NetFlow Configuration and Monitoring via PRTG on VMware vSphere 5.x
Originally published on August 14, 2014 by Jorge de la Cruz Mingo
Last updated on February 10, 2020 • 19 minute read
Today, for the first time on the Paessler blog, we'd like to introduce a guest blogger to you: Jorge de la Cruz has extensive IT knowledge, is an enthusiastic user of PRTG Network Monitor, and writes about various interesting IT topics on his Spanish blog (you should definitely pay a visit!)—now, without further ado, let's dive into NetFlow configuration and monitoring via PRTG on VMware vSphere 5.x:
Hi all, my name is Jorge de la Cruz, I'm a blogger. In this Blog entry, I will write a step-by-step guide for the configuration of NetFlow over VMware using vSphere Web Client, and also an example of VDS Virtual Distributed Switch) in my VMware lab using NetFlow.
What is NetFlow?
NetFlow is a network protocol developed by Cisco, which can be used to collect very useful information of the IP traffic. We can monitor our network traffic with it. With this flow we can also obtain a perfect picture view of our network traffic in real time. PRTG Network Monitor includes a NetFlow collector to do all the hard jobs. NetFlow is a standard in almost all network devices, not only used by Cisco; VMware, Sonicwall, Citrix, Linux and many other companies decided to include NetFlow as a network monitor technology.
Enabling NetFlow Into Our vDS
NetFlow over VMware is only available in vSphere Distributed Switches (vDS), so we will need an Enterprise Plus License to use it. We can use a Trial License of VMware vSphere for test duties and think about if our company needs it or not.
As a first step go to our vSphere Web Client > click in vCenter and then click to expand the sub-elements:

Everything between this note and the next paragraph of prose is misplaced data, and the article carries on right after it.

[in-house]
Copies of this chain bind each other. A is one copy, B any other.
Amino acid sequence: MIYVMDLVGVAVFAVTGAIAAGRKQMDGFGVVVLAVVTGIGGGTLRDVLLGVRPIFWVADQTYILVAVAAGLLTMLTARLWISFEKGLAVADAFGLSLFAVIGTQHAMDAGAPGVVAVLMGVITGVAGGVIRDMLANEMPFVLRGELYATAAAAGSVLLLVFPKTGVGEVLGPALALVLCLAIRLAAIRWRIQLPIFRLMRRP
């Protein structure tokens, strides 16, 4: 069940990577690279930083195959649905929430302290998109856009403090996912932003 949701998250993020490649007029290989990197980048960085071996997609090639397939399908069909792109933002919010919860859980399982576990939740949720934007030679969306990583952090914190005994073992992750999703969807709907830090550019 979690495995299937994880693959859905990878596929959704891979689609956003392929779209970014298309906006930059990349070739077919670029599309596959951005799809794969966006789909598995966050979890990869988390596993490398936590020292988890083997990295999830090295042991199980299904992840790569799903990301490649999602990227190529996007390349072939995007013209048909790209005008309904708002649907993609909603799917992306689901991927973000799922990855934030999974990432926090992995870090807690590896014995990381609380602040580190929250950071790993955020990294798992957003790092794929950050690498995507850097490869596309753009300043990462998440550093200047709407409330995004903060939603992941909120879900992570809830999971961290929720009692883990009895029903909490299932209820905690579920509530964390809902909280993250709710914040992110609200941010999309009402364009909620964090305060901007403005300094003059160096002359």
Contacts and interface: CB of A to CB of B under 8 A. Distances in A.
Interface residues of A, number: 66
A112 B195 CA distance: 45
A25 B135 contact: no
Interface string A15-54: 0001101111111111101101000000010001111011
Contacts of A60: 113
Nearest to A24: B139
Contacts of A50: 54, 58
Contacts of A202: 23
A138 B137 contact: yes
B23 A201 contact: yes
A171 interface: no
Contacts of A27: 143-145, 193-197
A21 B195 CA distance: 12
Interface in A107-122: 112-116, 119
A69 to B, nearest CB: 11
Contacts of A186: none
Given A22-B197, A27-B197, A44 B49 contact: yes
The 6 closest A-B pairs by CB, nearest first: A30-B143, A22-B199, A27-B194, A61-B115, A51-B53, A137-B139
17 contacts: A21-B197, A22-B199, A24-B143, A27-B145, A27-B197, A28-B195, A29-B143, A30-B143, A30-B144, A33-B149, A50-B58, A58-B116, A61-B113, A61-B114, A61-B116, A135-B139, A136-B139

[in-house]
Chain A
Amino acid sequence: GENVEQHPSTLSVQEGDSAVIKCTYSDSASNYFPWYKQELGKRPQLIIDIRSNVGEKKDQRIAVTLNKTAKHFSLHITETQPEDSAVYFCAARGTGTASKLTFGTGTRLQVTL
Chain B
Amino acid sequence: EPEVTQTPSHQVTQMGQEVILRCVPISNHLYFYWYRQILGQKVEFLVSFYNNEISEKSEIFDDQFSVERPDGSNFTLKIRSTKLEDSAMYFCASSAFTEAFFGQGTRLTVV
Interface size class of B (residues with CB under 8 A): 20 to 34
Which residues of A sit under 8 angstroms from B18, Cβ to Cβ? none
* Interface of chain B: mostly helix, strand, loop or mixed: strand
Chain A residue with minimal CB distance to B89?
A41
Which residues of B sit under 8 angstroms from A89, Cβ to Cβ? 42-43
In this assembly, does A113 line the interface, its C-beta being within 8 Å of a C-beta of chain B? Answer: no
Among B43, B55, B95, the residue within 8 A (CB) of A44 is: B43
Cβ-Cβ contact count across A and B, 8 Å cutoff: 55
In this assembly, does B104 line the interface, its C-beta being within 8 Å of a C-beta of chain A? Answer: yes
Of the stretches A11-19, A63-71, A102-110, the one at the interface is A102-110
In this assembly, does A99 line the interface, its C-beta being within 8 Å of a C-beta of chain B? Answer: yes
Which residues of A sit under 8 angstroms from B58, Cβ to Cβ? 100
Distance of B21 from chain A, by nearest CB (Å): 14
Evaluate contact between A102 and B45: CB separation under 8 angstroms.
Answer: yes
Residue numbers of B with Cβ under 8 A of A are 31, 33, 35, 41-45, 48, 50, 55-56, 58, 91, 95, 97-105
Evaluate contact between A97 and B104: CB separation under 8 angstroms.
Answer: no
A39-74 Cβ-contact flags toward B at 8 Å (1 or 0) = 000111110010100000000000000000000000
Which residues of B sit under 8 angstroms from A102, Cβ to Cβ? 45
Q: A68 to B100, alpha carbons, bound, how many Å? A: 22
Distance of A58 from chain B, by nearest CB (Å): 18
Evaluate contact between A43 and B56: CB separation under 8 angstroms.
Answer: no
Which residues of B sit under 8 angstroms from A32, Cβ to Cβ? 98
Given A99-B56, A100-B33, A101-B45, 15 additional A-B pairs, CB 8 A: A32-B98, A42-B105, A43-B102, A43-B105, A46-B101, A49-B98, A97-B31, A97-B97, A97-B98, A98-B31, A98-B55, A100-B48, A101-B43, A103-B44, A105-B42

Then, click in Networking section:
Select the dvSwitch in which you want to activate NetFlow, and right-click for more options:
Select the Manage Distributed Port Groups option:
In this window, select the Monitoring check box, which includes the help tip Controls NetFlow Configuration:
Select one or more dvPortGroup for which we want to activate NetFlow:
Select Enable to activate NetFlow:
Now we are almost there, just go to Manage > Settings > NetFlow > Edit, for editing the NetFlow configuration in this dvSwitch:
We need to fill in some information:
- IP address: The IP of our NetFlow Collector (this must be the IP of our PRTG server),
- Port: The port our Collector is listening in,
- Switch IP address: We need to use a management IP for this dvSwitch, with this, our Collector will obtain all the traffic. I recommend a Management IP Pool for this duties.
Well done! We finished the configuration of NetFlow in our VMware Environment. We need to repeat these steps in every single dvSwitch we want to monitor.
PRTG Network Monitor Configuration
These previous steps have been in our VMware environment, now it's time to configure NetFlow in our PRTG server. PRTG looks very minimalistic and simple, but at the second glance it is very powerful and easy-to-use:
Now click on Sensors > Add Sensor:
Select Create a new Device, to create our device (remember, the IP Address of our vDS that we created before, we need to create one new device per vDS):
Select Add device to an existing group, or we can create a new one if we want:
When we put in a name, I recommend to always select a good name that will be quick and easy to find in case we want it in the future:
Once we created the Device, click in Add Sensor:
Under Technology Used, select NetFlow, sFlow, jFlow. I used IPFIX, after having problems using NetFlow V9. You can try it with NetFlow V9, and if it is also not working for you, just use IPFIX:
When we are configuring the Sensor, we need to put special attention to some things, select a descriptive name, use the correct port (remember the VMware configuration), the timeout, I used 15, you can play with this number, but be careful, if we put in less minutes we will no obtain any data at all:
We need to wait for 30 minutes, coffee time, and when we return, ta-da! We are done, we have our sensors obtaining detailed information about our VMware Environment:
If we click in Top Talkers, we can see which one uses the most traffic and which one is the most visited IP. Very useful:
If we choose the Top Protocols, we can see which the most consuming traffic protocol in all our Virtual Network Environment is:
In the end, on the bottom of these pages, we can obtain a detailed table and we could also export it to CSV, about our Environment, for debugging purposes:
In a pretty flow view you can also see the real time usage for each of our vDS for detection and troubleshoot problems:
That's all folks, I hope that you enjoyed this entry about NetFlow, and that it will also be useful for you and your company. Thank you so much for reading!